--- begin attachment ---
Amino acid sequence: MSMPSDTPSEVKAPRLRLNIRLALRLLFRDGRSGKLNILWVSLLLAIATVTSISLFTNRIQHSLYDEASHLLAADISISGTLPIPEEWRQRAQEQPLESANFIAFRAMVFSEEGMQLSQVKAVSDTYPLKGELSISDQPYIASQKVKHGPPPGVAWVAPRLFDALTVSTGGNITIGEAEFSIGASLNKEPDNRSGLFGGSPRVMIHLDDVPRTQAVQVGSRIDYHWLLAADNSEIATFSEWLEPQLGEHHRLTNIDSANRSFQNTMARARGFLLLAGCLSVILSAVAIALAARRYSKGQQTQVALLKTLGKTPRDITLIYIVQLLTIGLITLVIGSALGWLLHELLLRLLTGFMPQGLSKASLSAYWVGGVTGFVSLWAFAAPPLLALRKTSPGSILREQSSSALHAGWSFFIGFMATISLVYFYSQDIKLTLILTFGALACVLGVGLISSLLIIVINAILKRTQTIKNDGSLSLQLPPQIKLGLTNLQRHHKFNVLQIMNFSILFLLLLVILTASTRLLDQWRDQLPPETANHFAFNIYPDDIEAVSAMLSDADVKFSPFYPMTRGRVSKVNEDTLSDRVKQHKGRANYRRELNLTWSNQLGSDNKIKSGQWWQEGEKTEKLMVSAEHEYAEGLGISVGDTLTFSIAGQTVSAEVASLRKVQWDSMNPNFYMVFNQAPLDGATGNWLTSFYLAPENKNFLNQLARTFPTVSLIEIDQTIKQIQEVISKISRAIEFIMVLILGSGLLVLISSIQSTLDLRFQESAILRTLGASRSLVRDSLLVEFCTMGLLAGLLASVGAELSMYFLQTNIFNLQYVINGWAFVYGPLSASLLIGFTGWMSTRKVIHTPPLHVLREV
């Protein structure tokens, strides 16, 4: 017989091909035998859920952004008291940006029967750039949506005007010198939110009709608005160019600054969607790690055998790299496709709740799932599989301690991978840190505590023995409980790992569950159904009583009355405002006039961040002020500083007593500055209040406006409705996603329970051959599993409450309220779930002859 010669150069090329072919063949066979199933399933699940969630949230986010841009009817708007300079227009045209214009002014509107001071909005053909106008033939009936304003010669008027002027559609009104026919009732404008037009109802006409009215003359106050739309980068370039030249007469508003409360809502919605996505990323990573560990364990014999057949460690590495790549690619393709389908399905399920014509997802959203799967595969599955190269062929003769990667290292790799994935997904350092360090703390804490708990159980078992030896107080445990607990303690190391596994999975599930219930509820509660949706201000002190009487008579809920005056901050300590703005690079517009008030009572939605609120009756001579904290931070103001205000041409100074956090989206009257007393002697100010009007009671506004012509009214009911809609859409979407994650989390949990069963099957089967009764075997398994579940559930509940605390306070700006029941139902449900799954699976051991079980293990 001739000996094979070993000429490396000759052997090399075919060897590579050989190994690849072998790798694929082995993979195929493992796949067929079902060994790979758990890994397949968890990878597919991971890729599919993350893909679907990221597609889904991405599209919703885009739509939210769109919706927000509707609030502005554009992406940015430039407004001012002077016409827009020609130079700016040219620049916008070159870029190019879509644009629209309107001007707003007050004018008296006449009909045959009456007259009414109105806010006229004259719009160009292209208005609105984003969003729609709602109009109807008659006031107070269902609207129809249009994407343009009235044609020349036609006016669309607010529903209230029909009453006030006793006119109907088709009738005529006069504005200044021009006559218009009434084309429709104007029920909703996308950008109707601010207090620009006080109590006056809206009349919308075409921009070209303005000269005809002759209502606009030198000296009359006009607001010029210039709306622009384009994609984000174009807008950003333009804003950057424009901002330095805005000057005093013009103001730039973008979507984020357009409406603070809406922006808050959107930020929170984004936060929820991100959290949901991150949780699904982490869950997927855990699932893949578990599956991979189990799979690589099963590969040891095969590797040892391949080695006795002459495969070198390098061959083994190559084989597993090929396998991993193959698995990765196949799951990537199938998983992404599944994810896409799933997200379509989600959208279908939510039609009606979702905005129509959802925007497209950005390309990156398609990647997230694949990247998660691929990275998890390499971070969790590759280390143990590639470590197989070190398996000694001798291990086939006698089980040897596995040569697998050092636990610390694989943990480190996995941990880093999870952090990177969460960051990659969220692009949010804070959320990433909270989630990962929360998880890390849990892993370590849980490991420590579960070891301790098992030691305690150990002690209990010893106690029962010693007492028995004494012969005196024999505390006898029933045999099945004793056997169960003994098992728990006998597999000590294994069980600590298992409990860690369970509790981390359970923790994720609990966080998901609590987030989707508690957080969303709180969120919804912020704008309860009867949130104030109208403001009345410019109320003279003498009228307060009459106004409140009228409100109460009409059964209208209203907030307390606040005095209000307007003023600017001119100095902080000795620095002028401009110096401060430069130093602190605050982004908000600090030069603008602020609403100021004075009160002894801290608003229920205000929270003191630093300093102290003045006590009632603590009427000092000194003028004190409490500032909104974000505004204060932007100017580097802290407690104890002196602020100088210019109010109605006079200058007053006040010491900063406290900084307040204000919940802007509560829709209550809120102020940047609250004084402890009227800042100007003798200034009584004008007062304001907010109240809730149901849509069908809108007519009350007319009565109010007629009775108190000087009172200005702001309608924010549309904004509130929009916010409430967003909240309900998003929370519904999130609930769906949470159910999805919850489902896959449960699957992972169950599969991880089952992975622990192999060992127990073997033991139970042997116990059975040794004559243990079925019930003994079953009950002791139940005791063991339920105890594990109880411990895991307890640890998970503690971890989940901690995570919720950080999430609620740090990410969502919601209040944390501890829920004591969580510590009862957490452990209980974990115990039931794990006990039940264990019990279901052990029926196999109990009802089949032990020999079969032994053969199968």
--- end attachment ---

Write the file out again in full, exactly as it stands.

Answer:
Amino acid sequence: MSMPSDTPSEVKAPRLRLNIRLALRLLFRDGRSGKLNILWVSLLLAIATVTSISLFTNRIQHSLYDEASHLLAADISISGTLPIPEEWRQRAQEQPLESANFIAFRAMVFSEEGMQLSQVKAVSDTYPLKGELSISDQPYIASQKVKHGPPPGVAWVAPRLFDALTVSTGGNITIGEAEFSIGASLNKEPDNRSGLFGGSPRVMIHLDDVPRTQAVQVGSRIDYHWLLAADNSEIATFSEWLEPQLGEHHRLTNIDSANRSFQNTMARARGFLLLAGCLSVILSAVAIALAARRYSKGQQTQVALLKTLGKTPRDITLIYIVQLLTIGLITLVIGSALGWLLHELLLRLLTGFMPQGLSKASLSAYWVGGVTGFVSLWAFAAPPLLALRKTSPGSILREQSSSALHAGWSFFIGFMATISLVYFYSQDIKLTLILTFGALACVLGVGLISSLLIIVINAILKRTQTIKNDGSLSLQLPPQIKLGLTNLQRHHKFNVLQIMNFSILFLLLLVILTASTRLLDQWRDQLPPETANHFAFNIYPDDIEAVSAMLSDADVKFSPFYPMTRGRVSKVNEDTLSDRVKQHKGRANYRRELNLTWSNQLGSDNKIKSGQWWQEGEKTEKLMVSAEHEYAEGLGISVGDTLTFSIAGQTVSAEVASLRKVQWDSMNPNFYMVFNQAPLDGATGNWLTSFYLAPENKNFLNQLARTFPTVSLIEIDQTIKQIQEVISKISRAIEFIMVLILGSGLLVLISSIQSTLDLRFQESAILRTLGASRSLVRDSLLVEFCTMGLLAGLLASVGAELSMYFLQTNIFNLQYVINGWAFVYGPLSASLLIGFTGWMSTRKVIHTPPLHVLREV
């Protein structure tokens, strides 16, 4: 017989091909035998859920952004008291940006029967750039949506005007010198939110009709608005160019600054969607790690055998790299496709709740799932599989301690991978840190505590023995409980790992569950159904009583009355405002006039961040002020500083007593500055209040406006409705996603329970051959599993409450309220779930002859 010669150069090329072919063949066979199933399933699940969630949230986010841009009817708007300079227009045209214009002014509107001071909005053909106008033939009936304003010669008027002027559609009104026919009732404008037009109802006409009215003359106050739309980068370039030249007469508003409360809502919605996505990323990573560990364990014999057949460690590495790549690619393709389908399905399920014509997802959203799967595969599955190269062929003769990667290292790799994935997904350092360090703390804490708990159980078992030896107080445990607990303690190391596994999975599930219930509820509660949706201000002190009487008579809920005056901050300590703005690079517009008030009572939605609120009756001579904290931070103001205000041409100074956090989206009257007393002697100010009007009671506004012509009214009911809609859409979407994650989390949990069963099957089967009764075997398994579940559930509940605390306070700006029941139902449900799954699976051991079980293990 001739000996094979070993000429490396000759052997090399075919060897590579050989190994690849072998790798694929082995993979195929493992796949067929079902060994790979758990890994397949968890990878597919991971890729599919993350893909679907990221597609889904991405599209919703885009739509939210769109919706927000509707609030502005554009992406940015430039407004001012002077016409827009020609130079700016040219620049916008070159870029190019879509644009629209309107001007707003007050004018008296006449009909045959009456007259009414109105806010006229004259719009160009292209208005609105984003969003729609709602109009109807008659006031107070269902609207129809249009994407343009009235044609020349036609006016669309607010529903209230029909009453006030006793006119109907088709009738005529006069504005200044021009006559218009009434084309429709104007029920909703996308950008109707601010207090620009006080109590006056809206009349919308075409921009070209303005000269005809002759209502606009030198000296009359006009607001010029210039709306622009384009994609984000174009807008950003333009804003950057424009901002330095805005000057005093013009103001730039973008979507984020357009409406603070809406922006808050959107930020929170984004936060929820991100959290949901991150949780699904982490869950997927855990699932893949578990599956991979189990799979690589099963590969040891095969590797040892391949080695006795002459495969070198390098061959083994190559084989597993090929396998991993193959698995990765196949799951990537199938998983992404599944994810896409799933997200379509989600959208279908939510039609009606979702905005129509959802925007497209950005390309990156398609990647997230694949990247998660691929990275998890390499971070969790590759280390143990590639470590197989070190398996000694001798291990086939006698089980040897596995040569697998050092636990610390694989943990480190996995941990880093999870952090990177969460960051990659969220692009949010804070959320990433909270989630990962929360998880890390849990892993370590849980490991420590579960070891301790098992030691305690150990002690209990010893106690029962010693007492028995004494012969005196024999505390006898029933045999099945004793056997169960003994098992728990006998597999000590294994069980600590298992409990860690369970509790981390359970923790994720609990966080998901609590987030989707508690957080969303709180969120919804912020704008309860009867949130104030109208403001009345410019109320003279003498009228307060009459106004409140009228409100109460009409059964209208209203907030307390606040005095209000307007003023600017001119100095902080000795620095002028401009110096401060430069130093602190605050982004908000600090030069603008602020609403100021004075009160002894801290608003229920205000929270003191630093300093102290003045006590009632603590009427000092000194003028004190409490500032909104974000505004204060932007100017580097802290407690104890002196602020100088210019109010109605006079200058007053006040010491900063406290900084307040204000919940802007509560829709209550809120102020940047609250004084402890009227800042100007003798200034009584004008007062304001907010109240809730149901849509069908809108007519009350007319009565109010007629009775108190000087009172200005702001309608924010549309904004509130929009916010409430967003909240309900998003929370519904999130609930769906949470159910999805919850489902896959449960699957992972169950599969991880089952992975622990192999060992127990073997033991139970042997116990059975040794004559243990079925019930003994079953009950002791139940005791063991339920105890594990109880411990895991307890640890998970503690971890989940901690995570919720950080999430609620740090990410969502919601209040944390501890829920004591969580510590009862957490452990209980974990115990039931794990006990039940264990019990279901052990029926196999109990009802089949032990020999079969032994053969199968």